Bush administration blurs media boundary
Controversy over a 'journalist' adds to the buzz about message control in capital.
(Page 2 of 2)
The Bush administration isn't the first to pay journalists to promote their causes. President Jefferson hired journalist James Callender to attack his rival John Adams, only to have Callender later turn on him with reports that he had fathered a child with his slave, Sally Hemings.Skip to next paragraph
Subscribe Today to the Monitor
The classic presidential tack for managing the news is to shut off access to journalists. Deeply frustrated by the coverage of the Watergate scandal, President Nixon directed his staff to ban any representative from the New York Times, the Washington Post, Time Magazine, Newsweek, CBS, and a UPI reporter from the press pool - an order his staff largely ignored. But during the 2004 campaign, a New York Times reporter assigned to cover Vice President Cheney was routinely excluded from the press plane.
And adversarial relations with the media aren't limited to Washington, D.C. In Maryland, a federal judge ruled Monday that Gov. Robert Ehrlich (R) can bar state employees from talking to two reporters for the Baltimore Sun - a move described by Sun editors as "scary."
While such actions rankle the press, they don't always disturb the public.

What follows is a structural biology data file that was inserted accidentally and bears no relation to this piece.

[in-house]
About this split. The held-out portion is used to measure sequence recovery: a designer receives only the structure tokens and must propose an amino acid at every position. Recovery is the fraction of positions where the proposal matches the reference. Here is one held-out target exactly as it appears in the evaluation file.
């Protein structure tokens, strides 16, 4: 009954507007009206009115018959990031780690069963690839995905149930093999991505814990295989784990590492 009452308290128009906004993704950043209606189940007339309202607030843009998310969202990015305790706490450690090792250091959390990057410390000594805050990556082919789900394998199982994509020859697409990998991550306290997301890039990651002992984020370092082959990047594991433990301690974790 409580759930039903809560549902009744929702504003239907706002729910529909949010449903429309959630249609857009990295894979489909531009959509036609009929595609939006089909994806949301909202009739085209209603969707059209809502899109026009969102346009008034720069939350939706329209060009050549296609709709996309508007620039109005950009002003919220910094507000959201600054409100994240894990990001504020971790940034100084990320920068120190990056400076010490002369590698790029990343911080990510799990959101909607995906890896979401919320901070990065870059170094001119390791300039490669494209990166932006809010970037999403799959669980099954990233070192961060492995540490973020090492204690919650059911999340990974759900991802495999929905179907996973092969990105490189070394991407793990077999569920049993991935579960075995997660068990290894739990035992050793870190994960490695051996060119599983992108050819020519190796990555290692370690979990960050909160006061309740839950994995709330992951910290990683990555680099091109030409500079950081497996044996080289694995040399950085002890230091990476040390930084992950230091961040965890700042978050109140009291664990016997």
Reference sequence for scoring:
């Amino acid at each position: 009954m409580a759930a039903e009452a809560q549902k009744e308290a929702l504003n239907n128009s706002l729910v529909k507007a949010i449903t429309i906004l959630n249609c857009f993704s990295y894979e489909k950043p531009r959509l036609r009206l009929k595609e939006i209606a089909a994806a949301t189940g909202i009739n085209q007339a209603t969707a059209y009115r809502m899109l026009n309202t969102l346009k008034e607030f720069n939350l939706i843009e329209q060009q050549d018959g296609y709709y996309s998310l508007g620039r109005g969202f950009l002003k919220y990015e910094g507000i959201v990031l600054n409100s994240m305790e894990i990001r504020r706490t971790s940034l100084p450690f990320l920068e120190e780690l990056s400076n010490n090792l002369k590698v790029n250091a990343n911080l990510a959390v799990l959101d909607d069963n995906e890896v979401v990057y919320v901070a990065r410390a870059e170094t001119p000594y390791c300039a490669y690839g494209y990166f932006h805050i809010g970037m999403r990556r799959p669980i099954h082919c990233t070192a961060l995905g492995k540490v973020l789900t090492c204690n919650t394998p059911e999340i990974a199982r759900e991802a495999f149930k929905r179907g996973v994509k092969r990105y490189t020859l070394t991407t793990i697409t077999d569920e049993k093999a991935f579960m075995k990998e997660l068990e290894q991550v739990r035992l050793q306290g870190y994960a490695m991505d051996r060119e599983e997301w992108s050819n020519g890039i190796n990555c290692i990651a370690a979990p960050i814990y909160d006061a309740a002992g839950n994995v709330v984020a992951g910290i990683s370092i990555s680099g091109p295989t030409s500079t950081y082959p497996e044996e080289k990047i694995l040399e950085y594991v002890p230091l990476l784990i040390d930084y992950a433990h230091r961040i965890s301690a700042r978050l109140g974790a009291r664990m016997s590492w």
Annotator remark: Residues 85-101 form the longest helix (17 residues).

"Over the past several years, the Bush administration has learned that it can engage the press in an adversarial way, and the public won't mind. It's yet another step in managed news," says Tom Hollihan, another journalism expert at USC's Annenberg School.
These include screening the people who attend meetings that appear to have a town-hall format, and bypassing the national media to go directly to local media where, he says, "there are more softball questions."
In a preemptive move last month, senior House Democrats called on the White House to halt "use of propaganda" to push the president's plan to create private or personal accounts in Social Security. Democrats are requesting all materials created for radio, TV, or newspapers and other venues to promote the plan.
"There is a pattern of propaganda by the Bush administration that must be stopped," said House Democratic leader Nancy Pelosi.
The Gannon case raises the tougher question of who gets to be a journalist. In Washington, credentialing standards vary among the different branches of government. Gannon, who wrote for the GOP-linked Talon News website, was first criticized by liberal Internet bloggers, who objected to the pro-administration slant in his questions, such as "...How are you going to work with [Democrats] who seem to have divorced themselves from reality?"
Turned down for a congressional press pass because he did not meet the standards set for a journalist, James Guckert (Gannon's real name) has had access to the White House briefing room for more than two years on day passes. "Many seasoned journalists have not had the honor of attending the events or enjoying the access Mr. Guckert has," said Rep. Louise Slaughter (D) of New York. This week she asked for release of information on Gannon's credentialing.